Yellen in Focus as Dismal Jobs Data Puts Rate Hike in Question
- Rate hike expectations drop heavily after NFP release, Yellen up next to speak
- Fed’s Brainard believes data may be pointing to a slowdown in labor markets
- Fed’s Mester suggests NFP data has not changed the Fed’s fundamental outlook
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Following last Friday’s disappointing Non-Farm Payrolls report, the market traded heavily against the US Dollar and interest rate hike expectations for next week’s policy meeting fell from 22 to 4 percent. With repetitive rhetoric from the Fed claiming their decisions are data dependent, one has to wonder whether the recent employment figures have significantly hindered the likelihood for a rate hike in the coming months. This week holds even more significance as next week is a blackout period for Fed speakers prior to the June FOMC meeting. Therefore, Fed officials that are scheduled to speak this week are given the task of setting the tone for market expectations going into the rate decision meeting on June 15th.
Directly after Friday’s NFP release, Fed Governor Lael Brainard spoke on the economy in a characteristically dovish tone. However, coming after a terrible miss from employment data, Brainard’s comments seemed appropriate. She touched on the release, suggesting that data may be suggesting a slowdown in labor markets, and that the Fed should wait for additional information before proceeding. Brainard also mentioned some of the key downside risks currently being considered by Fed officials, such as the upcoming “Brexit” referendum. She also noted a possible reemergence of negative market pressure from China. Brainard conceded the move towards full employment and the considerable progress made by the Fed on its goal. However, she remained cautious on her policy action outlook.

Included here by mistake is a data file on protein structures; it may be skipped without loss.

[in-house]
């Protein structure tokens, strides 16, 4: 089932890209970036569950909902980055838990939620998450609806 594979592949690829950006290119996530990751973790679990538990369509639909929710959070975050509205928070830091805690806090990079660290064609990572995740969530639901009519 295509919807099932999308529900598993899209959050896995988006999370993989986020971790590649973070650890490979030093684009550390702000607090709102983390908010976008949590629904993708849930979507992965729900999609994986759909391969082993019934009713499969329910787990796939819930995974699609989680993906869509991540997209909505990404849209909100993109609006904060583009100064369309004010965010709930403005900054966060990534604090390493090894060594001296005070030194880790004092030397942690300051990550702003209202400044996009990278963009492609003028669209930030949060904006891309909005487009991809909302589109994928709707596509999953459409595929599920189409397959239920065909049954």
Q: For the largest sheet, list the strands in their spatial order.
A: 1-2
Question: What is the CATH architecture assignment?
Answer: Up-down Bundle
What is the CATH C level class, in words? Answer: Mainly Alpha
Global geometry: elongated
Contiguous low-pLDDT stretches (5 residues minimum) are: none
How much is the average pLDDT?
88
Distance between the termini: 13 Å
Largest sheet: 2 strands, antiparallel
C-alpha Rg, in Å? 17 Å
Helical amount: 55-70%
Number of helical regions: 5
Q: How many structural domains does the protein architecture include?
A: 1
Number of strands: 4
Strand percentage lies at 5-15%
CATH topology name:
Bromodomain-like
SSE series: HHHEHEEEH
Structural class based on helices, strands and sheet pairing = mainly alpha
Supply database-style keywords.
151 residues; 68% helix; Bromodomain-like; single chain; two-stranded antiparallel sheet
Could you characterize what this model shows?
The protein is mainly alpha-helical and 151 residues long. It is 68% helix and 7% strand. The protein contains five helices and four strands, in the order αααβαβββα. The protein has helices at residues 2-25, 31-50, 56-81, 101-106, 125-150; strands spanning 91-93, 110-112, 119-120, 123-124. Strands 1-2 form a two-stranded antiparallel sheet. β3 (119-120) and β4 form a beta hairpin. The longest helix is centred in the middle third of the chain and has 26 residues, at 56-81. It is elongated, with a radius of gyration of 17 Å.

On Saturday June 4th, the Fed’s Loretta Mester spoke in Stockholm and addressed the contentious payroll figures. In her comments, she stated that while the Fed indeed maintains its data dependency, markets should not read too much into one number. She believes there are inherent risks in waiting too long to raise rates and that the weak US jobs data has not fundamentally changed the Fed’s outlook. The torch now passes to Yellen, as markets anticipate her comments and whether she weighs more towards Brainard’s cautious dovishness or echoes Mesters sentiments.
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